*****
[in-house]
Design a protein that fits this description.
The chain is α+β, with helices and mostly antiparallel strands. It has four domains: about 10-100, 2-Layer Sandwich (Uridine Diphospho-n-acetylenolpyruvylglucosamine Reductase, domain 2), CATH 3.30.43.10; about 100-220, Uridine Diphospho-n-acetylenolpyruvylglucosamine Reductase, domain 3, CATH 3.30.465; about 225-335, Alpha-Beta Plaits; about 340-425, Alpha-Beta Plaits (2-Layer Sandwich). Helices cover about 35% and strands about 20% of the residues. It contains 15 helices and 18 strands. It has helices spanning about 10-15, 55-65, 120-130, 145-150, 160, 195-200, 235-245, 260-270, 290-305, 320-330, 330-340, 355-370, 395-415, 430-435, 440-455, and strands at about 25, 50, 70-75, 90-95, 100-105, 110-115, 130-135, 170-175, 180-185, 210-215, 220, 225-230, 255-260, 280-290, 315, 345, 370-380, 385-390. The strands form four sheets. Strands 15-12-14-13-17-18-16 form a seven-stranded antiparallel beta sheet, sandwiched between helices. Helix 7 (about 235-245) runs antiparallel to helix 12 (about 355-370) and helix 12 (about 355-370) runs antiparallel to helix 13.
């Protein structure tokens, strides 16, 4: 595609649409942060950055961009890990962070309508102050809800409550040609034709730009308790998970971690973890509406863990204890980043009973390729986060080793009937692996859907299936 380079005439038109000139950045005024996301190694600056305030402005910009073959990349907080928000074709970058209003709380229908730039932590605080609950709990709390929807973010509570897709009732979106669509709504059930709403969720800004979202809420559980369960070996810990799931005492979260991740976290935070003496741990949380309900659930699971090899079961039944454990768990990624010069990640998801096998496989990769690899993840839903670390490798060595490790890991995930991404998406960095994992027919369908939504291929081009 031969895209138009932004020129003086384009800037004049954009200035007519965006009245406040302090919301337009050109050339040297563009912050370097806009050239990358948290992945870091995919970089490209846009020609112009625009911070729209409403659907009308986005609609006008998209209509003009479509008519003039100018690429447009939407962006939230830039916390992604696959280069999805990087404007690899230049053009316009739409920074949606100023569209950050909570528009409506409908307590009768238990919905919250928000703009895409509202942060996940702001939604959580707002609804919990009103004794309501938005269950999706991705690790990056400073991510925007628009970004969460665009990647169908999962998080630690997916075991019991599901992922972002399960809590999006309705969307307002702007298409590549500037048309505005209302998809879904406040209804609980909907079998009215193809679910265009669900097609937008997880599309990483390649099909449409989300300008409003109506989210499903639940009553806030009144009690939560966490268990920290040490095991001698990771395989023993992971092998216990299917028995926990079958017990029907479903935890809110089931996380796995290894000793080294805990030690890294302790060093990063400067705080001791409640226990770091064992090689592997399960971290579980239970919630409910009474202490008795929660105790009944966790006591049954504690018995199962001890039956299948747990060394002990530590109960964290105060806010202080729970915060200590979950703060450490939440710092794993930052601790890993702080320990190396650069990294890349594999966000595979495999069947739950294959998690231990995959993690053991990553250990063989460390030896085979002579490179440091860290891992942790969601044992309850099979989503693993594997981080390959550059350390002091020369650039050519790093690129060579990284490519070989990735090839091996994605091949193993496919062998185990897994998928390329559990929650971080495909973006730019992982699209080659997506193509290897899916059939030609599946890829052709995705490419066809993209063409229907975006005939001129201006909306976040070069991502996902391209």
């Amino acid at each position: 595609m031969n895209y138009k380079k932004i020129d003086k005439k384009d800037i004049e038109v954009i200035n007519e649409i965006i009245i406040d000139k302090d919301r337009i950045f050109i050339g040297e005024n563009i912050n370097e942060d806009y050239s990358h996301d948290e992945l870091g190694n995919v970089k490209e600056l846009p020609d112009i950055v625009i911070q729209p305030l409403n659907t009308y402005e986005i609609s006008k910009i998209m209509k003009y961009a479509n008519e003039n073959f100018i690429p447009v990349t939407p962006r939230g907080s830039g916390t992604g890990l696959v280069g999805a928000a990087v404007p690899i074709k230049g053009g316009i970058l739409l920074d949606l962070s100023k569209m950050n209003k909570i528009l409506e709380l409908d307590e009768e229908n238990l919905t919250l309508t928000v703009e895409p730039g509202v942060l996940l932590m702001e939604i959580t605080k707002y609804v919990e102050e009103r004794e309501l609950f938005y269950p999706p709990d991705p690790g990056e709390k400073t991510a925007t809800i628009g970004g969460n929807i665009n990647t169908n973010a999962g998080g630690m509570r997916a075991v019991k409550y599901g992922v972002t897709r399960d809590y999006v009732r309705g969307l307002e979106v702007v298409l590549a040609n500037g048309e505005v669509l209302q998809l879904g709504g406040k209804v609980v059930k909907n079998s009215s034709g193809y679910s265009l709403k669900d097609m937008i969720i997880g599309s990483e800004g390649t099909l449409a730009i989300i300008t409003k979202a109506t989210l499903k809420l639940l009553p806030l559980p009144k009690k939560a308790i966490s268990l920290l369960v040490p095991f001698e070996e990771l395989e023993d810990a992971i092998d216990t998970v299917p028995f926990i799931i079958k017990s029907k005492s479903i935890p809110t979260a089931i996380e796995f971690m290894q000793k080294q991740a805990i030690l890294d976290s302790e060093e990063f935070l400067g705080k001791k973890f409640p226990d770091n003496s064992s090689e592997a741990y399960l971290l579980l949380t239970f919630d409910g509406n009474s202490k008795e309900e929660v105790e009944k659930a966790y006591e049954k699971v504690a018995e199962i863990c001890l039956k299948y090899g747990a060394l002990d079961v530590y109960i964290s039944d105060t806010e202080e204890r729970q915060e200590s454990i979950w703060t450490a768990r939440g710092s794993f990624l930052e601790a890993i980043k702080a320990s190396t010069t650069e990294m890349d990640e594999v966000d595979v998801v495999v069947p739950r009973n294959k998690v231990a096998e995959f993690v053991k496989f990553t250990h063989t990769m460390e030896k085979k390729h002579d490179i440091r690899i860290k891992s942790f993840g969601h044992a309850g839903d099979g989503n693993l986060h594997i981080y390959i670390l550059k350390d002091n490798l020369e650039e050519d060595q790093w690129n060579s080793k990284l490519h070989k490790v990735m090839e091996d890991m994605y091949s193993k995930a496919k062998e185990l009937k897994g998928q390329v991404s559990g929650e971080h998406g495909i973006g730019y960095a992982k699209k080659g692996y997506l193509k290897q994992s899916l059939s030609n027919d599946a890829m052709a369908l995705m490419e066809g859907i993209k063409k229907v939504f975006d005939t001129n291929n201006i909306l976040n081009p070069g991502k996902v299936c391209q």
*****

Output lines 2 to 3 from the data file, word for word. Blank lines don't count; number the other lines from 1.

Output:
Design a protein that fits this description.
The chain is α+β, with helices and mostly antiparallel strands. It has four domains: about 10-100, 2-Layer Sandwich (Uridine Diphospho-n-acetylenolpyruvylglucosamine Reductase, domain 2), CATH 3.30.43.10; about 100-220, Uridine Diphospho-n-acetylenolpyruvylglucosamine Reductase, domain 3, CATH 3.30.465; about 225-335, Alpha-Beta Plaits; about 340-425, Alpha-Beta Plaits (2-Layer Sandwich). Helices cover about 35% and strands about 20% of the residues. It contains 15 helices and 18 strands. It has helices spanning about 10-15, 55-65, 120-130, 145-150, 160, 195-200, 235-245, 260-270, 290-305, 320-330, 330-340, 355-370, 395-415, 430-435, 440-455, and strands at about 25, 50, 70-75, 90-95, 100-105, 110-115, 130-135, 170-175, 180-185, 210-215, 220, 225-230, 255-260, 280-290, 315, 345, 370-380, 385-390. The strands form four sheets. Strands 15-12-14-13-17-18-16 form a seven-stranded antiparallel beta sheet, sandwiched between helices. Helix 7 (about 235-245) runs antiparallel to helix 12 (about 355-370) and helix 12 (about 355-370) runs antiparallel to helix 13.